The Glow
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The Glow


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The best kept secret in music


"Feature in the Boston Phoenix"

Stencil-crazed Boston punks the Glow celebrated the release of their debut, The Ghosts Are Out, with a packed gig upstairs at the Middle East last week. The album is on Brooklyn's Bankshot! Records, best known as the former home of Leftover Crack, who are now on Hellcat. And though the Glow might be best known for tagging their name all over town, the disc is pretty good too: you can hear the foundation they acquired from years of paying dues in high-school hardcore and punk bands, but they also touch on everything from doo-wop to '60s soul, Phil Spector to Elvis Costello, and they even throw in a little pre-Christie Billy Joel. If you missed the Middle East show, they're playing what they insist will be a sold-out homecoming/high-school-reunion gig at the Beachcomber in Quincy on April 8.

-Chris Rucker
Boston Phoenix - 3/31/05 - Boston Phoenix

""MP3 of The Week" on"

"The new full length from Boston's the Glow has been rocking my stereo all week long. You can hear the influence of tracks like the Specials' "Ghost Town" throughout the record, and while they're certainly more Stax than 2-Tone the Glow convey that same nervous, haunting energy in their organ driven songs. The band released The Ghosts Are Out... this past week on Bankshot Records. There's a rough, history-conscious charm to their songwriting that fans of recent Swami or Alive releases should dig." -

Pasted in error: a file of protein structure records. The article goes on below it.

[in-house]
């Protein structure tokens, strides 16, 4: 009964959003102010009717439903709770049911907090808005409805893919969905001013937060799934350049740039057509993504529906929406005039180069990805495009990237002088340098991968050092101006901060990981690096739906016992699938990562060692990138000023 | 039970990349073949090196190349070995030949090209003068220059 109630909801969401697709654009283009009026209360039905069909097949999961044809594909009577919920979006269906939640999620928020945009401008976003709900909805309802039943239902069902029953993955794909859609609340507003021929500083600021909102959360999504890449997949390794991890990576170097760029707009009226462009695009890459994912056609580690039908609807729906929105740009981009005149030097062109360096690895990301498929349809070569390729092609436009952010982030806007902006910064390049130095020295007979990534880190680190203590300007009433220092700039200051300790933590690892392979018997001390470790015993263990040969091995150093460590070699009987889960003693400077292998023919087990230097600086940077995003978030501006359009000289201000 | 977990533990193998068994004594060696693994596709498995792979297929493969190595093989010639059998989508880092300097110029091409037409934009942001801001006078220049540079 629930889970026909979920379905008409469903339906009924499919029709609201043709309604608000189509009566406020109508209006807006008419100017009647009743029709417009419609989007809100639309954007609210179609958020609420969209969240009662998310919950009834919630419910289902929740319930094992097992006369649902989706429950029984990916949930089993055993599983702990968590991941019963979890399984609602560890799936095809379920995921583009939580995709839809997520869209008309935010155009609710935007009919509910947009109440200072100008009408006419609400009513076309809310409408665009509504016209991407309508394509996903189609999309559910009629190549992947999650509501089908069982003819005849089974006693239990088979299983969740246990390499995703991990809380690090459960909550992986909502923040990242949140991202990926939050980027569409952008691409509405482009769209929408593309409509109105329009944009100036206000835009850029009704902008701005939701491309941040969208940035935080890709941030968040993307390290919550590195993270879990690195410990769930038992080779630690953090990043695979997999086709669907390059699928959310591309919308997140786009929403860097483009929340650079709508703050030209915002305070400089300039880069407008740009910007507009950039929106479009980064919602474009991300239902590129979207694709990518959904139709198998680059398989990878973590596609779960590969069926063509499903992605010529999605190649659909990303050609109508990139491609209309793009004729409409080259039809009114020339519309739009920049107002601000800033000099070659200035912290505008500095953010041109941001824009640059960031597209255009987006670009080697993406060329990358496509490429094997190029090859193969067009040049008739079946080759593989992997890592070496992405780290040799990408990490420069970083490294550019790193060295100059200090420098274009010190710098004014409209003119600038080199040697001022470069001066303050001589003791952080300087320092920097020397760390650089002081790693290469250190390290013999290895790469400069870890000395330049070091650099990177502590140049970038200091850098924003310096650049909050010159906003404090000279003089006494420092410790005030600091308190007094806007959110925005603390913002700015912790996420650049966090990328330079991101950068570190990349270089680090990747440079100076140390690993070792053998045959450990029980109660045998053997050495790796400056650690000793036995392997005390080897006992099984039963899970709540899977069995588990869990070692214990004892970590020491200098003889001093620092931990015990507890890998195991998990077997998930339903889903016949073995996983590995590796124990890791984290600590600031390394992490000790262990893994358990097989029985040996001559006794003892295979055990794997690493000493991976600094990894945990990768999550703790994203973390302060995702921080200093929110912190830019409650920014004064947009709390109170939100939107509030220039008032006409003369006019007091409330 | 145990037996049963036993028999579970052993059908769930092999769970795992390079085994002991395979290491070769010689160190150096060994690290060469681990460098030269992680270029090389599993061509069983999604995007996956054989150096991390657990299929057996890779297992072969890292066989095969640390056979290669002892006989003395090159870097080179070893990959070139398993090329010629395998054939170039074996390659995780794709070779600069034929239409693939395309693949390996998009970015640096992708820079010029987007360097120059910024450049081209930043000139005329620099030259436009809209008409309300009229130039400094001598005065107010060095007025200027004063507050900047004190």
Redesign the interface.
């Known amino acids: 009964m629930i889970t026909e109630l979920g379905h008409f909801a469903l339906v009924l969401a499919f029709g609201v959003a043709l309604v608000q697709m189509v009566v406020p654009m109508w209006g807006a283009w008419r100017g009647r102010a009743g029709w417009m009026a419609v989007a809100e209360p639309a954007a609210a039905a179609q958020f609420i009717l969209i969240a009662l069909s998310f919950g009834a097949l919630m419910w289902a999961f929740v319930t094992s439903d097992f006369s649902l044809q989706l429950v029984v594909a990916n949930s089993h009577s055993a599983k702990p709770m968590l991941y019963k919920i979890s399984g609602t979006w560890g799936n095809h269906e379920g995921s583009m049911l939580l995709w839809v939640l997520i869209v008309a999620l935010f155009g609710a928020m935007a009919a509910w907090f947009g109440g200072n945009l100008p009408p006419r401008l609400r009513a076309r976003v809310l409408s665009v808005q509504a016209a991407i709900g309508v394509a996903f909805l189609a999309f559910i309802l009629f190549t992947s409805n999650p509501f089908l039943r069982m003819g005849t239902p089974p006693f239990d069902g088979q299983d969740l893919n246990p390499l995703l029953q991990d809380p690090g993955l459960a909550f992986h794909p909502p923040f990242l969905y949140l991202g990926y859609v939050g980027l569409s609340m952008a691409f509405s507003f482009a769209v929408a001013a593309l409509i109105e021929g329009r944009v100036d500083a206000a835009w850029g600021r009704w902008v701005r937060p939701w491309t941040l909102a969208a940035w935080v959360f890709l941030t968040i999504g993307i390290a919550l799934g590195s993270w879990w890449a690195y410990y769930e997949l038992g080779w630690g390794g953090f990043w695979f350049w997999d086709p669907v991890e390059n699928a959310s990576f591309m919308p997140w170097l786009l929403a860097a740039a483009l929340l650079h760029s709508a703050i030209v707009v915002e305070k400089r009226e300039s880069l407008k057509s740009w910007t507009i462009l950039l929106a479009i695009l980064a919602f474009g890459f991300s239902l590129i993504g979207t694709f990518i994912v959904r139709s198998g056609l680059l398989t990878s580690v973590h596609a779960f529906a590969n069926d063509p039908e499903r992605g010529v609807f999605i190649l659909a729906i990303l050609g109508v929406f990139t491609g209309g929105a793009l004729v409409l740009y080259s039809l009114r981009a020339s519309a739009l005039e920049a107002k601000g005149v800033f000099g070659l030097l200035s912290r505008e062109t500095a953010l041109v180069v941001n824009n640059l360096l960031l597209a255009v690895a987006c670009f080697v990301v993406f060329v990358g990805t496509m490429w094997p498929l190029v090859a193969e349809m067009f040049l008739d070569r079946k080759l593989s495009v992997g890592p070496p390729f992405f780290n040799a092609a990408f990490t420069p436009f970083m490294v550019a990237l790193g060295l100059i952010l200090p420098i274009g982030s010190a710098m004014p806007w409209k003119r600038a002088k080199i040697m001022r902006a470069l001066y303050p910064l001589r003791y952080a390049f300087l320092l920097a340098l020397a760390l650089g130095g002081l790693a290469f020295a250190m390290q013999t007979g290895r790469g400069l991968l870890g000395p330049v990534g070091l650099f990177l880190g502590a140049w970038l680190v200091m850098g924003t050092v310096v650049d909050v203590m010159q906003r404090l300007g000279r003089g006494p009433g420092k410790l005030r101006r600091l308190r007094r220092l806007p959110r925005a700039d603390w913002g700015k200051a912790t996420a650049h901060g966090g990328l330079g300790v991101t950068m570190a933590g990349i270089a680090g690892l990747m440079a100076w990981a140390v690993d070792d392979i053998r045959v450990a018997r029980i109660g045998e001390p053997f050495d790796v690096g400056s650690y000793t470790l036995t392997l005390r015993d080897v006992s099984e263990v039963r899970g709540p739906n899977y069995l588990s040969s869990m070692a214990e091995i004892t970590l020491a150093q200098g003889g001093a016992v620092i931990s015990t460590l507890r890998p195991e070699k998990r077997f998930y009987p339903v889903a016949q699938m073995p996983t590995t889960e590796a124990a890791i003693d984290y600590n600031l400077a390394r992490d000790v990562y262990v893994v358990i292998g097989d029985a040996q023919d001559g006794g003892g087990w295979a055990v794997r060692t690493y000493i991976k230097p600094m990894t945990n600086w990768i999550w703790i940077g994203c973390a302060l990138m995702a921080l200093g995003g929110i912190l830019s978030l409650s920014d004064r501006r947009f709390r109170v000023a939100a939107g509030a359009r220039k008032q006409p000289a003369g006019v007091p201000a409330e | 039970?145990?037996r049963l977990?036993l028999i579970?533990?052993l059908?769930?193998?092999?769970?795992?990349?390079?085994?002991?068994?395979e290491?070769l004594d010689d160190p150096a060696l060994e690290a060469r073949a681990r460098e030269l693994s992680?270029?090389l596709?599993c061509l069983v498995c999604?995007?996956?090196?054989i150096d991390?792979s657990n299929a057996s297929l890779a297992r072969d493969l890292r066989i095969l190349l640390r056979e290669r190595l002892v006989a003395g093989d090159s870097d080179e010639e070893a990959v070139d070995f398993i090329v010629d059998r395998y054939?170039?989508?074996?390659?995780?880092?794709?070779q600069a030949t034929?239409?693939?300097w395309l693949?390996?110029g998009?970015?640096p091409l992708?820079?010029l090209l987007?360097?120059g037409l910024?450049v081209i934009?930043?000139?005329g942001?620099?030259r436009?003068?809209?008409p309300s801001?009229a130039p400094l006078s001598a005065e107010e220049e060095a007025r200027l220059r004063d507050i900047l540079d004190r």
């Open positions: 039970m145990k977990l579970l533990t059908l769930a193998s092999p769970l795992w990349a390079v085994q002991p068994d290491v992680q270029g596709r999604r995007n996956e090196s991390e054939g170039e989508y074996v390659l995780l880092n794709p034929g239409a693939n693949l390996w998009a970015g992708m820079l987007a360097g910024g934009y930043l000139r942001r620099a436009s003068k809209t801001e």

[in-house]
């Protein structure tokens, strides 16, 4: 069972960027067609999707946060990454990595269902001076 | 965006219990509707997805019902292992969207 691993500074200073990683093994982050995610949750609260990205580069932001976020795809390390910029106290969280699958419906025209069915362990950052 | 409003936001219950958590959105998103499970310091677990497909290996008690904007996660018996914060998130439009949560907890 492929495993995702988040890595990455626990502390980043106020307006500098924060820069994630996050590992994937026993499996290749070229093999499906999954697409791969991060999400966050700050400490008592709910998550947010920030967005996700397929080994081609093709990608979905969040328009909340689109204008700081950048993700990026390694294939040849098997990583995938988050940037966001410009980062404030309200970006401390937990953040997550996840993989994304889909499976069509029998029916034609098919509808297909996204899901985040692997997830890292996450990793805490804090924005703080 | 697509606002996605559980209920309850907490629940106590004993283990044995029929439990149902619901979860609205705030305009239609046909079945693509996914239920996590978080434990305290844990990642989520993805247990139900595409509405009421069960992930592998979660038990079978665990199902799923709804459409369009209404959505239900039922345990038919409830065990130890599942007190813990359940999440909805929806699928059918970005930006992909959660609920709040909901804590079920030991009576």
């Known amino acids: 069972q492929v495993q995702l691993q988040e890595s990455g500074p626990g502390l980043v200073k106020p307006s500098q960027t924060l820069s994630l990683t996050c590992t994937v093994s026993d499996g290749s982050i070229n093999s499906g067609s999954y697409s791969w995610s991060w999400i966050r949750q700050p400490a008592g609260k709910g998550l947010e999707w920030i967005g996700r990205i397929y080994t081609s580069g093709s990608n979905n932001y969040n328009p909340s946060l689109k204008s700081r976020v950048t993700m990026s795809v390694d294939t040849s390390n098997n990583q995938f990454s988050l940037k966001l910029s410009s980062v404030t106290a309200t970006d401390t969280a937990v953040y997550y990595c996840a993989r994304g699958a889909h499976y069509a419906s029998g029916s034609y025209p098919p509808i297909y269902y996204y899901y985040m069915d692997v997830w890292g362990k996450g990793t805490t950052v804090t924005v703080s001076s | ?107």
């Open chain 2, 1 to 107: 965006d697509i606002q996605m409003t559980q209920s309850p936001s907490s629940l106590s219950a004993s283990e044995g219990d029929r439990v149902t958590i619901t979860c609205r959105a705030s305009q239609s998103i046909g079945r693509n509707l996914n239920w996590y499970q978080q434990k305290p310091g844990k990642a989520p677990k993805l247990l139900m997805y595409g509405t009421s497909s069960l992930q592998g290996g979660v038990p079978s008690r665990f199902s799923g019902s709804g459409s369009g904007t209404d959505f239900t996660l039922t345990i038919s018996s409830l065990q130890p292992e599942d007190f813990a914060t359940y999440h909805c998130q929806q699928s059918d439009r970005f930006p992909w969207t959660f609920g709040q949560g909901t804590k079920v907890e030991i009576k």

Deja Vu...

Described as a “punk-rock soul group” from Boston, MA, The Glow have a lot to live up to. It’s not often that the word “soul” shows up on a one sheet for anything closely related to punk, emo, or indie these days. On the band’s debut The Ghosts are Out..., the four-piece delivers keyboard driven rock and roll that has forced critics to name drop everyone from 60’s icon Phil Spector, to a more contemporary star in Elvis Costello. Incidentally, for our younger readers, you may remember Phil Spector as the legendary producer character that somehow always shows up in every musical icon from the past half century’s bio pic (see Ray and What’s Love Got to Do With It).

One could say that this album is as fresh and different as they come and I’d agree...if it weren’t for a six song EP that arrived on my doorstep about a year ago. The press release on All Rattle and Dust proclaims them as an “honest, soulful fuse of roots rock and roll, country, blues, and punk”. Sound familiar? The Iowa band and The Glow have A LOT in common. Even the vocalists’ throaty dispositions sound similar.